via Factionalism days numbered: Gumbo | The Herald 26 July 2014 by Tichaona Zindoga
The National People’s Congress to be held in December will put to bed infighting and factionalism that have rocked Zanu-PF of late, party spokesperson Cde Rugare Gumbo has said.
Cde Gumbo said in a wide ranging interview this week that factionalism was a result of “unbridled ambition” as well as “mafikizolos” in the party.
He said electoral guidelines released recently would bring stability to the party in the long term.
“We really hope that the congress will put finality to these shenanigans,” said Cde Gumbo.
“But, who knows, after congress we may see some ambitious people coming up with new strategies and new agendas.”
Cde Gumbo said electoral rules and regulations would “provide a solid foundation for the party”, but were not meant to sideline others.
“No, they are not segregatory,” he said. “They are credible, genuine and provide a solid foundation for the party. We don’t want mafikizolos coming in and disturbing the party as has been the case right now.
“The party is terribly affected by these machinations and shenanigans that are taking place, so we want to make sure that people know the history of the party, the orientation of the party, the style of work of the party, you know, a number of people don’t even know.
“They just got into Parliament and now some are ministers and now some think that they can go and become members of the Central Committee.
“That’s wrong. You know, you have to spend a bit of time, start from the cell, from the branch, from the district, from the province, knowing how the party operates. This idea of being catapulted to a high position because of money and other things is not working.”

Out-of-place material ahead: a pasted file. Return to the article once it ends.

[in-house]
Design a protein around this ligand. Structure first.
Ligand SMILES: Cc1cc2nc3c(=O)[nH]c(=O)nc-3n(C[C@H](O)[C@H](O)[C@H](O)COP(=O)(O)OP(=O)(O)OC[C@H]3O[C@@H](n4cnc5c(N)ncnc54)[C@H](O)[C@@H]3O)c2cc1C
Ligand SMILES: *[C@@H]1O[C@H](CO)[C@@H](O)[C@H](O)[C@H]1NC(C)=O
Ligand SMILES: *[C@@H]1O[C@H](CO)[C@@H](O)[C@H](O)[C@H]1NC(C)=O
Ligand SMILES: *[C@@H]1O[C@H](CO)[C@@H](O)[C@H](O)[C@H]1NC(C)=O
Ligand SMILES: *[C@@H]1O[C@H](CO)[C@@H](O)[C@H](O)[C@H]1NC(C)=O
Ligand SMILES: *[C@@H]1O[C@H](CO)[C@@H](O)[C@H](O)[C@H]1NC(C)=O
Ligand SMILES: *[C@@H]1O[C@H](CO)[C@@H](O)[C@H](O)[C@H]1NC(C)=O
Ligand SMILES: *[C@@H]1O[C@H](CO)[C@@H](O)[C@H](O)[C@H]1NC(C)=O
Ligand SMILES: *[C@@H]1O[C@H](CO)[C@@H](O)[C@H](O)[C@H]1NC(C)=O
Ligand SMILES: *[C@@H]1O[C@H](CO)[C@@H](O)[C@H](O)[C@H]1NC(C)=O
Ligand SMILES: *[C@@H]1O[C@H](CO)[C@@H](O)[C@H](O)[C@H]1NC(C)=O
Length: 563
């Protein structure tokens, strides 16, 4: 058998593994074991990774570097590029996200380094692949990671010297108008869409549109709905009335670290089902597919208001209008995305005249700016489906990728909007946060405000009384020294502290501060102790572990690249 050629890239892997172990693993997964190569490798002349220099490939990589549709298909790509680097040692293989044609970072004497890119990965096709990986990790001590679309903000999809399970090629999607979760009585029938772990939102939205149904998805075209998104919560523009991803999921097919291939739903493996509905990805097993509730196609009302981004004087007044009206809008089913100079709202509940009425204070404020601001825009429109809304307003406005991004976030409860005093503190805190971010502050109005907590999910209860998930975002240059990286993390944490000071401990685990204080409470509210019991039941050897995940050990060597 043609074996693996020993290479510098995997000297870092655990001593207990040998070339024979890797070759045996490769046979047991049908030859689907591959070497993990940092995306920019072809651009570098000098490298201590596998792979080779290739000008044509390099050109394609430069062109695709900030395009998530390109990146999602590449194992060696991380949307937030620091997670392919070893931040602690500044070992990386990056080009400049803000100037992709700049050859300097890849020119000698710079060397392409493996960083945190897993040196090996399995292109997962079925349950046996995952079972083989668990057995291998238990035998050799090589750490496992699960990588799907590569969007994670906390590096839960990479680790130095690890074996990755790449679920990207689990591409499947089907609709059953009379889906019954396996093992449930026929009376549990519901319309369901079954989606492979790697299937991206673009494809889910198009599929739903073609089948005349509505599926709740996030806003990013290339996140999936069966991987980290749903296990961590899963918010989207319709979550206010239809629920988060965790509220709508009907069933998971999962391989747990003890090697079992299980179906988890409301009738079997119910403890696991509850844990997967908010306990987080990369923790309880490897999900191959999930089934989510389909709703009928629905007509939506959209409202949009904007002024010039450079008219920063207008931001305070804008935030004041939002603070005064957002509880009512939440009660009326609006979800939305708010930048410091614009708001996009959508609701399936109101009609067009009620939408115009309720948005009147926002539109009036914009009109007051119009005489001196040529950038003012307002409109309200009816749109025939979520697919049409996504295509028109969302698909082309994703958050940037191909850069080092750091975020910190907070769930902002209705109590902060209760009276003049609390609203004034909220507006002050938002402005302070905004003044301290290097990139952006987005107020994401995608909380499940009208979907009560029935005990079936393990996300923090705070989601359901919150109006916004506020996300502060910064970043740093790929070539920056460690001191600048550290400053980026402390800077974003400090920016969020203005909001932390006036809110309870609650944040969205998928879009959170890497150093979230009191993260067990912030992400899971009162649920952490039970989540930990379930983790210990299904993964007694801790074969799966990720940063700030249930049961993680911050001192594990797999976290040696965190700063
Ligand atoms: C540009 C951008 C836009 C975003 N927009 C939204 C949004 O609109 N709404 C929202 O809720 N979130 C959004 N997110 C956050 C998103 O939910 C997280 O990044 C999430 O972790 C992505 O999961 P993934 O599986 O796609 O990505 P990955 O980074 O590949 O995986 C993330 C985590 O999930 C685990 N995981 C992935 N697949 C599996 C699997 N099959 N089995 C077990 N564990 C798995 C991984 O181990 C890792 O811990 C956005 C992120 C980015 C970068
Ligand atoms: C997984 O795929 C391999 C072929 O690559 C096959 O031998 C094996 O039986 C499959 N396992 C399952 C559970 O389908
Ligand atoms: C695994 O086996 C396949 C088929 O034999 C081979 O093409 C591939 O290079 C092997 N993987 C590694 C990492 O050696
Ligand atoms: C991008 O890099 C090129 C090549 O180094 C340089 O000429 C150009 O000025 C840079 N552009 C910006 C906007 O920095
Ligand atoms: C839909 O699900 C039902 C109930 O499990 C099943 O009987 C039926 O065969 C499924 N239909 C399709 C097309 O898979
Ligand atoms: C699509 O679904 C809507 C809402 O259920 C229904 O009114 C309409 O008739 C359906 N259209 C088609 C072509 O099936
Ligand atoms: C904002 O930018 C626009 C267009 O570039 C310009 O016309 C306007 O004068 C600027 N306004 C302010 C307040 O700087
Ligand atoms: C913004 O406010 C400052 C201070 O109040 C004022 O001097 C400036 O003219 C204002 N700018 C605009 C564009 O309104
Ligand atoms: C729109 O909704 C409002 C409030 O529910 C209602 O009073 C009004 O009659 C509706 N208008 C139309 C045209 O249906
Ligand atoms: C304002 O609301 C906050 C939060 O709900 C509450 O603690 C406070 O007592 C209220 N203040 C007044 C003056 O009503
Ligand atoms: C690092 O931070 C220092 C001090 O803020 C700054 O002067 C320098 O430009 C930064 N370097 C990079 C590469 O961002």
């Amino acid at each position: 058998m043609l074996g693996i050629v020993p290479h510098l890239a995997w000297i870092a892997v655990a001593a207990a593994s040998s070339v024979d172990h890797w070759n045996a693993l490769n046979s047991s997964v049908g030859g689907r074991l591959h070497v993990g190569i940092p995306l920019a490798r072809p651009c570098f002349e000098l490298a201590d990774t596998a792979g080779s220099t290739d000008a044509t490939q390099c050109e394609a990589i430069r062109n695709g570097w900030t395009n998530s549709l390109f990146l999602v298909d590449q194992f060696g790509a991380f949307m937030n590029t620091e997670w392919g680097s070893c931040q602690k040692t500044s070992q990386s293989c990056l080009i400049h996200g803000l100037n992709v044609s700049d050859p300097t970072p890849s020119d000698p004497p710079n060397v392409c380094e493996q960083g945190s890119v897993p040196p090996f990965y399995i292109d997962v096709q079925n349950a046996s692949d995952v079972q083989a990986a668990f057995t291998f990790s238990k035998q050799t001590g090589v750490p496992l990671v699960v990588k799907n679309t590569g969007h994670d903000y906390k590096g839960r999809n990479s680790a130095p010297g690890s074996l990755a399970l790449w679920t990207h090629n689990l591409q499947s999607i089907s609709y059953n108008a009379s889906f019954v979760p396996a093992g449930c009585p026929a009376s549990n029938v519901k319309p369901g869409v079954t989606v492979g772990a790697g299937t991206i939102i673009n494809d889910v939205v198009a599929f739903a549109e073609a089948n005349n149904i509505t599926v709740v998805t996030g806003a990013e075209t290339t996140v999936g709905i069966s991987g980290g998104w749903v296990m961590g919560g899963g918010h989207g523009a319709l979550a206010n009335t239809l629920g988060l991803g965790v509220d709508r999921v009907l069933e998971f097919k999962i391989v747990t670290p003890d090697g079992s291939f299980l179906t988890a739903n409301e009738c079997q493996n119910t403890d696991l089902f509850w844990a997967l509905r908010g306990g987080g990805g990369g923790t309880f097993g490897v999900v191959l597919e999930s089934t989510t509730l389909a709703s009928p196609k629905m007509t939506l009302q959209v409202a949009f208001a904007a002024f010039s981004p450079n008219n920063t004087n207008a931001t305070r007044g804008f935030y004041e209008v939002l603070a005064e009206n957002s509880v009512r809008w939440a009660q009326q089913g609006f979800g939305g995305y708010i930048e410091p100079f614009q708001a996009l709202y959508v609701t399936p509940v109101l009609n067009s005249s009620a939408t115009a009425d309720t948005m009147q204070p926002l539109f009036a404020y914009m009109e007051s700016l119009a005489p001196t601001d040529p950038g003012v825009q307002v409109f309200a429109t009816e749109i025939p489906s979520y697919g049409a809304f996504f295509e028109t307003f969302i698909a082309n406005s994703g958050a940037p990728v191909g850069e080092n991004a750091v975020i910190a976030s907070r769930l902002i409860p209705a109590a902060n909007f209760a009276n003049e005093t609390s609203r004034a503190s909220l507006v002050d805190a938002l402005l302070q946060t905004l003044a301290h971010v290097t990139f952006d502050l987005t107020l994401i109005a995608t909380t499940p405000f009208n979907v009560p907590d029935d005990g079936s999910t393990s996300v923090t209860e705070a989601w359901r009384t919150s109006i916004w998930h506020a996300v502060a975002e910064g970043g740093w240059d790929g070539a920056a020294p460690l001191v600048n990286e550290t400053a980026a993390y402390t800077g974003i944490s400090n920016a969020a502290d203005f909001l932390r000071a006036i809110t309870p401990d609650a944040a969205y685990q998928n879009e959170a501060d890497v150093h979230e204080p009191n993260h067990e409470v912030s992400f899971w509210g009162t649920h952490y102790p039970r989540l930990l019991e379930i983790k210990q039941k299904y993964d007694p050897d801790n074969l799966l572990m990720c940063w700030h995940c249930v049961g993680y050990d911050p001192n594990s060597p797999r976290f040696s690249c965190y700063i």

Cde Gumbo said those who did not know “the values and orientation of Zanu-PF” would “mess up the party”.
He said the posts of Vice President and the chairperson’s framework were clear.
“The (post of) Vice President is decided based on the Unity Accord of 1987,” said Cde Gumbo.
“In that Unity Accord it was decided that the Vice President of the party will come from what was formerly Zapu.
“And it has been like that. First, we had Msika as Vice President, then John Landa Nkomo. Now it’s vacant. The next person perhaps will come from Zapu and that is that. That is in black and white, you see.”
But he said the case was different with the national chairman’s post.
“Again in 1987, there was an understanding that perhaps the national chairman should come from Zapu,” he said.
“Msika became the first national chairman, followed by John Landa Nkomo, again from Zapu and currently we have SK Moyo, but it’s an understanding, it’s a consensus which was developed.
“It is not in black and white.”
Cde Gumbo said succession should not subvert the existing hierarchy.
“We have a hierarchy which is established,” he said. “President Mugabe is the President of the party and the First Secretary; Vice President Mujuru as the Second Secretary and Vice President of the party and we have SK Moyo who is the national chair.
“That is the hierarchy. But you find somebody who has unbridled ambition saying ‘I want to contest’.
“Ah, look, there is freedom, freedom of expression and no one is denied the right to do it, but we follow certain procedures and policies.
“You just don’t come out of the blue and say I want to become Vice President or President.”